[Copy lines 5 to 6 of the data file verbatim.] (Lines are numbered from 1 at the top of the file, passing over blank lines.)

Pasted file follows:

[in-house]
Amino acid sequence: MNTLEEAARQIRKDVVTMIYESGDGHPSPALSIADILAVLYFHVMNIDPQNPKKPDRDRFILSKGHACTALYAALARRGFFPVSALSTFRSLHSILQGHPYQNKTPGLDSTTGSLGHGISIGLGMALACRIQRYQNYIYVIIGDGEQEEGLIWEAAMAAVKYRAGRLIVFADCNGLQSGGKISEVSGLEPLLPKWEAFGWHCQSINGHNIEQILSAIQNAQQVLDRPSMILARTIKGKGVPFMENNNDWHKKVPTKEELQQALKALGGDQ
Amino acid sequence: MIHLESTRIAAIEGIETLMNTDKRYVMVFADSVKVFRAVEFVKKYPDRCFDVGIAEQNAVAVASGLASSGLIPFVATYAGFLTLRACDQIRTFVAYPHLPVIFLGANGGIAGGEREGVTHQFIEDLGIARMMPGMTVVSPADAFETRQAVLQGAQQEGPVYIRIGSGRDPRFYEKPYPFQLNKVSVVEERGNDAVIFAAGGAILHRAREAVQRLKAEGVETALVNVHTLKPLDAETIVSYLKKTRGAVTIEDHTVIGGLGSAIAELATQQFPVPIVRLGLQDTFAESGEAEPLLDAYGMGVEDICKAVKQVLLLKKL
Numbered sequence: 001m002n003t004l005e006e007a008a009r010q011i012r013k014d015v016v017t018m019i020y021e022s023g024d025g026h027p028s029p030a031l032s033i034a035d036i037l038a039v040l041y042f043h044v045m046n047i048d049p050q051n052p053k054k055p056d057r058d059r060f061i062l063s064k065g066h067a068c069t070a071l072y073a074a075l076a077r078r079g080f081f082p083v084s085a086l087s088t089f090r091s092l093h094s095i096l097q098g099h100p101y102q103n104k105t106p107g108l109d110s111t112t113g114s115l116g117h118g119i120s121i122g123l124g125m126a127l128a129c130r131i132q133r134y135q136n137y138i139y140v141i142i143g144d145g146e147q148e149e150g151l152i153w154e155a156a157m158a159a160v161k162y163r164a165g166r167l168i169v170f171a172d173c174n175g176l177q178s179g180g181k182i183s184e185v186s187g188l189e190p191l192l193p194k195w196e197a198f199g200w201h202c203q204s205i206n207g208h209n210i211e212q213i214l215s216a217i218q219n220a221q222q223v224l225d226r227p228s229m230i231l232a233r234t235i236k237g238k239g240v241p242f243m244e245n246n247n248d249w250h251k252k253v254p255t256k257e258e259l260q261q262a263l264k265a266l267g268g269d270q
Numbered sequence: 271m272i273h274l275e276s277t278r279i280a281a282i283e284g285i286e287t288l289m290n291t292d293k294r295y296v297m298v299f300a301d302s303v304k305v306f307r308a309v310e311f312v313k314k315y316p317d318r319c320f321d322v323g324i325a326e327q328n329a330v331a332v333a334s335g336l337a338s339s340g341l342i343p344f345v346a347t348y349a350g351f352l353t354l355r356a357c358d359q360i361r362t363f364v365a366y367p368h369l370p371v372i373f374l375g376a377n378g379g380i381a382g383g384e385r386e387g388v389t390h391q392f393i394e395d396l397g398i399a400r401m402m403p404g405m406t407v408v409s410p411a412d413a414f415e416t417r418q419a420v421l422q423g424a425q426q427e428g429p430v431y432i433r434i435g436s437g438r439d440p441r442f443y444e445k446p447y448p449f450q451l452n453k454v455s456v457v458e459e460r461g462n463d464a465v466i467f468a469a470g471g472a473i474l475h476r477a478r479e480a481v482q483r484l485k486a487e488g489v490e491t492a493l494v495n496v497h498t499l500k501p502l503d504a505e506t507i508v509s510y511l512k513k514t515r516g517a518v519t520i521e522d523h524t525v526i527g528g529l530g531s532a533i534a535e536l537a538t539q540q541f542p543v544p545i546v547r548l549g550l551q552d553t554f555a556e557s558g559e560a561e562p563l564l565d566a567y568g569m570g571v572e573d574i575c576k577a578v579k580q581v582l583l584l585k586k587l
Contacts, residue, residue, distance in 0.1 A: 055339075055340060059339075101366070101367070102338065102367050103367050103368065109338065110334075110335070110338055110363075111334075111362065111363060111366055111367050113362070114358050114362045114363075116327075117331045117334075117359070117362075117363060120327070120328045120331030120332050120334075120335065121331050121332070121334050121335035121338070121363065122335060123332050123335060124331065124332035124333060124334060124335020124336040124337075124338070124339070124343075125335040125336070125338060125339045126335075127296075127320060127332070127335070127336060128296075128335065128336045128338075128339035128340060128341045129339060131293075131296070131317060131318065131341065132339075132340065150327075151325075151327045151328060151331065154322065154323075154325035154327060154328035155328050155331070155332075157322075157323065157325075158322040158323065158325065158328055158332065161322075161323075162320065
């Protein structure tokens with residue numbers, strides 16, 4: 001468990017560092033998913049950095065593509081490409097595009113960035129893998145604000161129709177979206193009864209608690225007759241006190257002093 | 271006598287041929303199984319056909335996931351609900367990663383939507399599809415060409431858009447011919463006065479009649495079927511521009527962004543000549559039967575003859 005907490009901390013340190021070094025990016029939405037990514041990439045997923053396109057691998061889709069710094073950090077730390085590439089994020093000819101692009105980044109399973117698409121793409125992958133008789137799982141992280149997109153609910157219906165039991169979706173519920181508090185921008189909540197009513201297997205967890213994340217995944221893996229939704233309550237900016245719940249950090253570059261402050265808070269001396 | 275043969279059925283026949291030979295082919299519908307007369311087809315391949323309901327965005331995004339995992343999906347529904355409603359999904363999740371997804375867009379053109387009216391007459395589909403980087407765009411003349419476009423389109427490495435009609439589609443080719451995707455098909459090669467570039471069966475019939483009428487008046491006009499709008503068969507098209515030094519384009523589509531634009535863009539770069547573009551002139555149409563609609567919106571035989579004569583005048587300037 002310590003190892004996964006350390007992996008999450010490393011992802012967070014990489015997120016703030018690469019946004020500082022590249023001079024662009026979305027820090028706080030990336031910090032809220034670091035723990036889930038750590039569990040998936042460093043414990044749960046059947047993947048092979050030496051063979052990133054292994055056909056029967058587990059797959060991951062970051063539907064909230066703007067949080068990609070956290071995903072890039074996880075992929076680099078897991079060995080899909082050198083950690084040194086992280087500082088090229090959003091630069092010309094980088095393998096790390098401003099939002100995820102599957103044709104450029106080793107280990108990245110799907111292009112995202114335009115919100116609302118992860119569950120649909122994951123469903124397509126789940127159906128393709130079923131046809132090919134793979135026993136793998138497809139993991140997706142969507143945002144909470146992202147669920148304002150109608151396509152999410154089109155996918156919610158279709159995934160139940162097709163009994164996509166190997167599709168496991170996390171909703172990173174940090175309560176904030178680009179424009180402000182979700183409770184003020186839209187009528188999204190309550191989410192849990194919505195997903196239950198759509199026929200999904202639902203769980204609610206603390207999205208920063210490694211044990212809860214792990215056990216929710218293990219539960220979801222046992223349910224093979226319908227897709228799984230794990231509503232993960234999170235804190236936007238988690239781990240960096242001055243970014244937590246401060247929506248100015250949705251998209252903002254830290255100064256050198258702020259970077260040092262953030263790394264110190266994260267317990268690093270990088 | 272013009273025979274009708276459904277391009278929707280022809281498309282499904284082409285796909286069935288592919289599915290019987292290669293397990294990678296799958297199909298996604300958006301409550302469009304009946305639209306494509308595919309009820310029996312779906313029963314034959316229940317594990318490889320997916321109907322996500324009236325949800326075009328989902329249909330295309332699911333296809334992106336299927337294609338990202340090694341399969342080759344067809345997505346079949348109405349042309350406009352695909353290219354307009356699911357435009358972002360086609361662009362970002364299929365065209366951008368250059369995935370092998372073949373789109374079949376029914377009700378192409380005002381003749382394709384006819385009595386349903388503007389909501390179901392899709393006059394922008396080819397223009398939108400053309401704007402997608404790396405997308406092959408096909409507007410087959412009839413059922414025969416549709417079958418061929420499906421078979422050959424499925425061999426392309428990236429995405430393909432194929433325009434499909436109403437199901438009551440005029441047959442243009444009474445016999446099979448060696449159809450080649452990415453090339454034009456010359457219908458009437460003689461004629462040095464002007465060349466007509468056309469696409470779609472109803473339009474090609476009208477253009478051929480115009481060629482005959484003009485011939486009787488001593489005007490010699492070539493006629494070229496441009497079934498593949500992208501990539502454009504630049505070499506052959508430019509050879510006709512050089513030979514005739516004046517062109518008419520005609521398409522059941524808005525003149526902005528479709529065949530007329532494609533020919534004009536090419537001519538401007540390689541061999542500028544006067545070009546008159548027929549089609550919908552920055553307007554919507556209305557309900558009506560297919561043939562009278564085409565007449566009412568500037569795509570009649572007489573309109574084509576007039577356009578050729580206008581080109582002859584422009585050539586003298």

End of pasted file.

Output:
Numbered sequence: 271m272i273h274l275e276s277t278r279i280a281a282i283e284g285i286e287t288l289m290n291t292d293k294r295y296v297m298v299f300a301d302s303v304k305v306f307r308a309v310e311f312v313k314k315y316p317d318r319c320f321d322v323g324i325a326e327q328n329a330v331a332v333a334s335g336l337a338s339s340g341l342i343p344f345v346a347t348y349a350g351f352l353t354l355r356a357c358d359q360i361r362t363f364v365a366y367p368h369l370p371v372i373f374l375g376a377n378g379g380i381a382g383g384e385r386e387g388v389t390h391q392f393i394e395d396l397g398i399a400r401m402m403p404g405m406t407v408v409s410p411a412d413a414f415e416t417r418q419a420v421l422q423g424a425q426q427e428g429p430v431y432i433r434i435g436s437g438r439d440p441r442f443y444e445k446p447y448p449f450q451l452n453k454v455s456v457v458e459e460r461g462n463d464a465v466i467f468a469a470g471g472a473i474l475h476r477a478r479e480a481v482q483r484l485k486a487e488g489v490e491t492a493l494v495n496v497h498t499l500k501p502l503d504a505e506t507i508v509s510y511l512k513k514t515r516g517a518v519t520i521e522d523h524t525v526i527g528g529l530g531s532a533i534a535e536l537a538t539q540q541f542p543v544p545i546v547r548l549g550l551q552d553t554f555a556e557s558g559e560a561e562p563l564l565d566a567y568g569m570g571v572e573d574i575c576k577a578v579k580q581v582l583l584l585k586k587l
Contacts, residue, residue, distance in 0.1 A: 055339075055340060059339075101366070101367070102338065102367050103367050103368065109338065110334075110335070110338055110363075111334075111362065111363060111366055111367050113362070114358050114362045114363075116327075117331045117334075117359070117362075117363060120327070120328045120331030120332050120334075120335065121331050121332070121334050121335035121338070121363065122335060123332050123335060124331065124332035124333060124334060124335020124336040124337075124338070124339070124343075125335040125336070125338060125339045126335075127296075127320060127332070127335070127336060128296075128335065128336045128338075128339035128340060128341045129339060131293075131296070131317060131318065131341065132339075132340065150327075151325075151327045151328060151331065154322065154323075154325035154327060154328035155328050155331070155332075157322075157323065157325075158322040158323065158325065158328055158332065161322075161323075162320065